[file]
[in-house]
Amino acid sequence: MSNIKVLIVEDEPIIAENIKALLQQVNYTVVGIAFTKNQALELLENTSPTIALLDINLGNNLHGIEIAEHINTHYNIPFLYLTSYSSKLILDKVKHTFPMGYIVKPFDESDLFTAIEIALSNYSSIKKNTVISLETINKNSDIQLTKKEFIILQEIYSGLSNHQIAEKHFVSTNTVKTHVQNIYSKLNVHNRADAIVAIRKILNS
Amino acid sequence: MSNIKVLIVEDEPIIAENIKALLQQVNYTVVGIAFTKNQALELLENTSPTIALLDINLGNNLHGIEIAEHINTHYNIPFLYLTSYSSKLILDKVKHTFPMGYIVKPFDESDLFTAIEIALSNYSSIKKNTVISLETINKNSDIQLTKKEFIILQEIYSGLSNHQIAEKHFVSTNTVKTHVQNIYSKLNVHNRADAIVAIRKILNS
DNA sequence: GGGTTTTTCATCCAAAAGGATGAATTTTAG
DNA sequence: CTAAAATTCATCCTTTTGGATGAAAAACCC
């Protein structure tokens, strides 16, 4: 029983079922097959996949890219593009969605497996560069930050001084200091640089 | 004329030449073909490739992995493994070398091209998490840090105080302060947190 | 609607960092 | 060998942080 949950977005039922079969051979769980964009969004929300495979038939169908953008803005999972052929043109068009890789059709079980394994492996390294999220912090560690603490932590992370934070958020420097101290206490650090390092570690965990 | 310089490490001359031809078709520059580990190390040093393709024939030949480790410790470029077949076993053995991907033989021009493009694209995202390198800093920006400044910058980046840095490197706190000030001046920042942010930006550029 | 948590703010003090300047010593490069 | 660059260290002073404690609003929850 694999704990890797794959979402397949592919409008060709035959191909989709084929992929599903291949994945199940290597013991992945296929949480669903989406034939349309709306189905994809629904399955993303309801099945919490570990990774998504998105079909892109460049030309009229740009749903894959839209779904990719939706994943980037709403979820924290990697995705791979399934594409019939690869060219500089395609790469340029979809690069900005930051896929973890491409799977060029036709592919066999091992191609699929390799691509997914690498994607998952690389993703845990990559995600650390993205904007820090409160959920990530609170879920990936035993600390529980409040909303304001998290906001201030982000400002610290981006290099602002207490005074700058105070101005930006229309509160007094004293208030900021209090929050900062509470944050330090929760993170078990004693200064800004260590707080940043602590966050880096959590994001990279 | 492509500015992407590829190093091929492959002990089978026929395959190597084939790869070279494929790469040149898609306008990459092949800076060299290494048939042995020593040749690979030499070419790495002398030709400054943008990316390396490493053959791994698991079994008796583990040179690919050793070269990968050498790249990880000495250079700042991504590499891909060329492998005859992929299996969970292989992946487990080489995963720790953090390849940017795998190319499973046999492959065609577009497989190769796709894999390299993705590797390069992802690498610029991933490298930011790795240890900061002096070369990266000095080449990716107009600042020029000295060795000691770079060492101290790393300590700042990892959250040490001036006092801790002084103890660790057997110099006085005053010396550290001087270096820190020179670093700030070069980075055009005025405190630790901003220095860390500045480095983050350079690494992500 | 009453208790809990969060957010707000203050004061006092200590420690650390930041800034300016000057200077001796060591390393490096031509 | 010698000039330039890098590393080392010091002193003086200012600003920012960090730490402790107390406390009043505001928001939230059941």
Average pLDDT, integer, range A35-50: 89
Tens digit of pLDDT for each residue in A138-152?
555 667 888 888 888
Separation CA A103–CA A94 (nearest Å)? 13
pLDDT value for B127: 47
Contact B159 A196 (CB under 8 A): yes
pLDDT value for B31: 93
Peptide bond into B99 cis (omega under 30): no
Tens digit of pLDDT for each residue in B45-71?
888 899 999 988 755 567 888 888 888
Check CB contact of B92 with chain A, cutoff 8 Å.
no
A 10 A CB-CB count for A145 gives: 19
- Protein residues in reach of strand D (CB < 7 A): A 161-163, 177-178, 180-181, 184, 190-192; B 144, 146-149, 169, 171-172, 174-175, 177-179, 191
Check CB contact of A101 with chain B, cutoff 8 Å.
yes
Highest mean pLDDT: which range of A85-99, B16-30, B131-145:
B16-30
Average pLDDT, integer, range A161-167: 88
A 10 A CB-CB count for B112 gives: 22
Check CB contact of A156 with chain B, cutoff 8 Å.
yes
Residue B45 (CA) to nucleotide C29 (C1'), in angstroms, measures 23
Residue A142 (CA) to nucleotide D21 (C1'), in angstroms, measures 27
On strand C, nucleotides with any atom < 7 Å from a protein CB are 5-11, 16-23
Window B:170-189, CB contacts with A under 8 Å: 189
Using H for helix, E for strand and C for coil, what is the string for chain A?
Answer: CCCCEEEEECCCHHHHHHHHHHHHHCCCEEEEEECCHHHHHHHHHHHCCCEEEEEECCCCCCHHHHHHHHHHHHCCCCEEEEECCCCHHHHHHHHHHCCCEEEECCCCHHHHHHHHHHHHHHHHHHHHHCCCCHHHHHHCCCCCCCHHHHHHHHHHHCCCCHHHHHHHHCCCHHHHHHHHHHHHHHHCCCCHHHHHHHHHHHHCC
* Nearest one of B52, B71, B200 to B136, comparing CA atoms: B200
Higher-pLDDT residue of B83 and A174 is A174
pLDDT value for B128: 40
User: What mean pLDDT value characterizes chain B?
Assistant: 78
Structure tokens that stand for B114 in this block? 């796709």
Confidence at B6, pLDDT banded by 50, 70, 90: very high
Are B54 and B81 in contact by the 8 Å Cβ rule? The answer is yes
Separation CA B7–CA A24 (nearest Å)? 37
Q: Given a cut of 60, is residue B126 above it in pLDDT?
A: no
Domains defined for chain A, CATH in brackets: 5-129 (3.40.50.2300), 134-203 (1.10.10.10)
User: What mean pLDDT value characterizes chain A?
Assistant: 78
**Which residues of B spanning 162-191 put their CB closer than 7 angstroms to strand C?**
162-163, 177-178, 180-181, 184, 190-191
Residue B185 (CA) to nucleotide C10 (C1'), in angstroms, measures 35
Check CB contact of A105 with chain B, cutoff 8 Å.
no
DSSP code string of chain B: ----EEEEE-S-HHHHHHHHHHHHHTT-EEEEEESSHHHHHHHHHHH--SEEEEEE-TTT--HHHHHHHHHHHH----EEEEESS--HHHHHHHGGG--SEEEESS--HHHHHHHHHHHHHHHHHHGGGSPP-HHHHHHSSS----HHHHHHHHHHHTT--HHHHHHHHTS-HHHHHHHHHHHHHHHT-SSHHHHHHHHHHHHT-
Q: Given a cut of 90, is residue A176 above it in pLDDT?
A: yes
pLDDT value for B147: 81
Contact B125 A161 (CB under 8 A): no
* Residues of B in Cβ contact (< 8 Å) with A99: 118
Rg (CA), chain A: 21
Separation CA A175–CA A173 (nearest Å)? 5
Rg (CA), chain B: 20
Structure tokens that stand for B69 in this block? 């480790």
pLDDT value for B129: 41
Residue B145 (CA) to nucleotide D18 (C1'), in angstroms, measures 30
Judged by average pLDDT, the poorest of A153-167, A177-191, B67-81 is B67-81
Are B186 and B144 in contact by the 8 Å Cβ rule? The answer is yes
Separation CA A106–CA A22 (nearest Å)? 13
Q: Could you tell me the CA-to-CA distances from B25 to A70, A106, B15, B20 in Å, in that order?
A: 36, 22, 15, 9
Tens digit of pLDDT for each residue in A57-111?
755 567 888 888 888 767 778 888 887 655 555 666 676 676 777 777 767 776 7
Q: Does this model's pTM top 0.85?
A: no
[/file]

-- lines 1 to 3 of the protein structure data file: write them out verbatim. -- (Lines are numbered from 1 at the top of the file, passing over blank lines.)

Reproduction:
[in-house]
Amino acid sequence: MSNIKVLIVEDEPIIAENIKALLQQVNYTVVGIAFTKNQALELLENTSPTIALLDINLGNNLHGIEIAEHINTHYNIPFLYLTSYSSKLILDKVKHTFPMGYIVKPFDESDLFTAIEIALSNYSSIKKNTVISLETINKNSDIQLTKKEFIILQEIYSGLSNHQIAEKHFVSTNTVKTHVQNIYSKLNVHNRADAIVAIRKILNS
Amino acid sequence: MSNIKVLIVEDEPIIAENIKALLQQVNYTVVGIAFTKNQALELLENTSPTIALLDINLGNNLHGIEIAEHINTHYNIPFLYLTSYSSKLILDKVKHTFPMGYIVKPFDESDLFTAIEIALSNYSSIKKNTVISLETINKNSDIQLTKKEFIILQEIYSGLSNHQIAEKHFVSTNTVKTHVQNIYSKLNVHNRADAIVAIRKILNS